These Victorian Valentines Put Modern Cards to Shame!

These Victorian Valentines Put Modern Cards to Shame!

Meticulously crafted sailors’ valentines reveal 19th-century mariners’ romantic side.

sailors' valentines from Maine Maritime Museum's collection

ABOVE With their dense arrangements of exotic shells, such as keyhole limpets and King Venus clams, and elaborately painted wooden covers, the Maine Maritime Museum’s sailors’ valentines are fine examples of the genre.


From our January/February 2020 issue

Regular readers of this column have heard me praise the work of Victorian-era mariners, many of whom produced elegant scrimshaw, macramé, and inlays during idle hours at sea. Given their varied talents, it follows that historians would initially assume the seamen also assembled the intricate shell mosaics — known as “sailors’ valentines” — they brought home for their sweethearts at a time when a shell-collecting craze, known as “conchylomania,” was sweeping the nation.

As it happens, these navigators and crafters were also discerning consumers. Most sailors’ valentines came from the New Curiosity Shop in Bridgetown, Barbados — a hub for New England whaling ships in the 19th century. Owned by a pair of English brothers, the shop billed itself as a purveyor of “marine specimens” and “fancy work” produced by native artisans, many of them exceptionally skilled. Mariners stopping for provisions or making ship repairs during the final leg of a multi-year voyage would purchase or barter for the valentines and return home with them as souvenirs.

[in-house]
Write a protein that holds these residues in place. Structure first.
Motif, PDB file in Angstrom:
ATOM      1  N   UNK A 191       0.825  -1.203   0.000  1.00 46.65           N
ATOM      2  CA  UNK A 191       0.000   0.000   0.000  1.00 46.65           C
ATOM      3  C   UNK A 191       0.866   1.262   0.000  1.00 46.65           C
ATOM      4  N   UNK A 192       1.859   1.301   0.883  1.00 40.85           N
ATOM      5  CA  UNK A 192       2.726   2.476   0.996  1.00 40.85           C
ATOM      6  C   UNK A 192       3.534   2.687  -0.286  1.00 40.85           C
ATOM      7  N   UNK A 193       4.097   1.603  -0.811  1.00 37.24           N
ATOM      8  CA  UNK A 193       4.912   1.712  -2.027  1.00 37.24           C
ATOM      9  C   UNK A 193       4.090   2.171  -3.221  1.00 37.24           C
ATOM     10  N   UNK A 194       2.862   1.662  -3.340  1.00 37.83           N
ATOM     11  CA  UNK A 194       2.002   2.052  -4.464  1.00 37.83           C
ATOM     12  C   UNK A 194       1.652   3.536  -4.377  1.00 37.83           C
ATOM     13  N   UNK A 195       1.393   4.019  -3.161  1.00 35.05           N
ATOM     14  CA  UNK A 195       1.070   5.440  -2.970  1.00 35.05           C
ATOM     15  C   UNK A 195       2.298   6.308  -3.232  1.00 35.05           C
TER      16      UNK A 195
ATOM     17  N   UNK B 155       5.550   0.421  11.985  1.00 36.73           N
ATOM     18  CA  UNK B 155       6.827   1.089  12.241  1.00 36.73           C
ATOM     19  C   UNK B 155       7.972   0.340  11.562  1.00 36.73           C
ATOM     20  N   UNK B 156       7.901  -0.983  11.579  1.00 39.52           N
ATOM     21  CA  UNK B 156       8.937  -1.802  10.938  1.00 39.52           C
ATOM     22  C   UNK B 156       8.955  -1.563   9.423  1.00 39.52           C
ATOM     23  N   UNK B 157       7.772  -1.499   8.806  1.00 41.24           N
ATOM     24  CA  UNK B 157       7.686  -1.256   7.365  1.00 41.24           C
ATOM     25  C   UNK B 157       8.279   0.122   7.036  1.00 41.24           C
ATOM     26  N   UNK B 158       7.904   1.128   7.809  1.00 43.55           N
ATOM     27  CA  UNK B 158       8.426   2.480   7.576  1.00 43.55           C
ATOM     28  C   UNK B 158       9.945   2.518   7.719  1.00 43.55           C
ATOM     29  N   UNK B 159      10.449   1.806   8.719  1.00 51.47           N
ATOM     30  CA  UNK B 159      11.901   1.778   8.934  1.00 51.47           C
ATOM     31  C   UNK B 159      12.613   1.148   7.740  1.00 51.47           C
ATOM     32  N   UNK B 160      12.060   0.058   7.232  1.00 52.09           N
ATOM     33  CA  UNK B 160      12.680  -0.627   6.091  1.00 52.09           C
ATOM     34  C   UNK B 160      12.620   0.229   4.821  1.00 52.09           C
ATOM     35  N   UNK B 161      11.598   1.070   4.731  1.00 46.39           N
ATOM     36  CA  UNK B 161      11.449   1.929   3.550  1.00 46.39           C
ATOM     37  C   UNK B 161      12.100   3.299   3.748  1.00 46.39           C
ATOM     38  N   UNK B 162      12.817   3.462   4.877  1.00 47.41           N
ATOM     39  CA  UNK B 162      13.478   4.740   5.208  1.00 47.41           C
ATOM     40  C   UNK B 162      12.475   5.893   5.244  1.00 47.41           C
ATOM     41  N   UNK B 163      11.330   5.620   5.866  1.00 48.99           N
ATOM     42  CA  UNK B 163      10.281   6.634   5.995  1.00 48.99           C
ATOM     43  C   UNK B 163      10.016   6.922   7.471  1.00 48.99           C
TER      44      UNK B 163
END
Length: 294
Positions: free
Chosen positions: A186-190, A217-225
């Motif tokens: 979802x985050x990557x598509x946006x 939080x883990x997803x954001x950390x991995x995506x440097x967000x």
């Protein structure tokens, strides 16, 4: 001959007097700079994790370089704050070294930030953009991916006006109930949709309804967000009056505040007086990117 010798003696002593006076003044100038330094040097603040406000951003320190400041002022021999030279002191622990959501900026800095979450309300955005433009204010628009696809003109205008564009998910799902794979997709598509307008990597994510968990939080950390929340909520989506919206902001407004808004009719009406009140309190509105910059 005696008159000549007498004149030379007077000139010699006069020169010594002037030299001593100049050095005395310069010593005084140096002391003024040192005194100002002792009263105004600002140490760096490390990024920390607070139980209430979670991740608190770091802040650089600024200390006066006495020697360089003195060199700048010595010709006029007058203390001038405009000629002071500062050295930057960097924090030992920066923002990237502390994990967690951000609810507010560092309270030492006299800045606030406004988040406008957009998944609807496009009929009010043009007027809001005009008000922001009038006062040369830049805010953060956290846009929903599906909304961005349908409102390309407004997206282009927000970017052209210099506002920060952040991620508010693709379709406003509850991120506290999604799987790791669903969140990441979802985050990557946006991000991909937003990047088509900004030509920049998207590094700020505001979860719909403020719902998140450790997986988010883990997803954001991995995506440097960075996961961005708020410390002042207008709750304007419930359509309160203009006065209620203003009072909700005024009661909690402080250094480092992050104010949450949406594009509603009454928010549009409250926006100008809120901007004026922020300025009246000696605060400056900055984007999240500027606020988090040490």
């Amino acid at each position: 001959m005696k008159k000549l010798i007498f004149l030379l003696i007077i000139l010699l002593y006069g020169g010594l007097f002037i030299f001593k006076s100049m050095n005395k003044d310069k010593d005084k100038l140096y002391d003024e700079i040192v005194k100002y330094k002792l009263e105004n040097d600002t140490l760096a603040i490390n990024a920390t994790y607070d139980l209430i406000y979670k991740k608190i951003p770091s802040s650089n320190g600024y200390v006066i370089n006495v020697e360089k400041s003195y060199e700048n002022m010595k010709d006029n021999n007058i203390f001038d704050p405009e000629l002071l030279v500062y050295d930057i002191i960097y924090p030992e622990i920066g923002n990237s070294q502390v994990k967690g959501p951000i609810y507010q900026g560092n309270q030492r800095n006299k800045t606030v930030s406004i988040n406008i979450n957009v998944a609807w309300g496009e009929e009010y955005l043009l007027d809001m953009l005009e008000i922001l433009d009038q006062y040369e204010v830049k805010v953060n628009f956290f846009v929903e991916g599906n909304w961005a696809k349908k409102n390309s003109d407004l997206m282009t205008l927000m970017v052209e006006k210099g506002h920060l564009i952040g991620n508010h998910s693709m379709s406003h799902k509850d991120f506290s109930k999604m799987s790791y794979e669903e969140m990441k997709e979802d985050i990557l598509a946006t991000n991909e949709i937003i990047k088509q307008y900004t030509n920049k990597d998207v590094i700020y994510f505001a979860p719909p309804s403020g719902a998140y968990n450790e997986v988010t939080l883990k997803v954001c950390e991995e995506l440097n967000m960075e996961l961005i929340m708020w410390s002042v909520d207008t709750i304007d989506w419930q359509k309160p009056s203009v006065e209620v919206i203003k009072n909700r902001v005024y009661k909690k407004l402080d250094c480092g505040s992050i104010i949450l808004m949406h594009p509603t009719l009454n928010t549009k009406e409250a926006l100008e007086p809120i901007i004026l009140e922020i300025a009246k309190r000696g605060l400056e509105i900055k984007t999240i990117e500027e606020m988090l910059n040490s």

The most common sailors’ valentines are octagonal, hinged wooden boxes that open to reveal a double-sided, geometric collage of hundreds of exotic shells arrayed behind glass. Many incorporate hearts, flowers, stars, or nautical symbols, such as anchors; some bear messages like “Forget Me Not” or “To My Sweetheart.” Works inspired by the Victorian originals are still made by talented artisans, fetching a few hundred to a few thousand dollars apiece. But the valentines sailors selected for their loved ones often bring in upwards of $5,000 in reputable shops and auctions.

John Bottero is the vice president of Thomaston Place Auction Galleries. Constantly in pursuit of incredible finds, he sees dozens of people each week on Thomaston’s Free Appraisal Day and travels the state helping Mainers bring their collections and valuable heirlooms to market.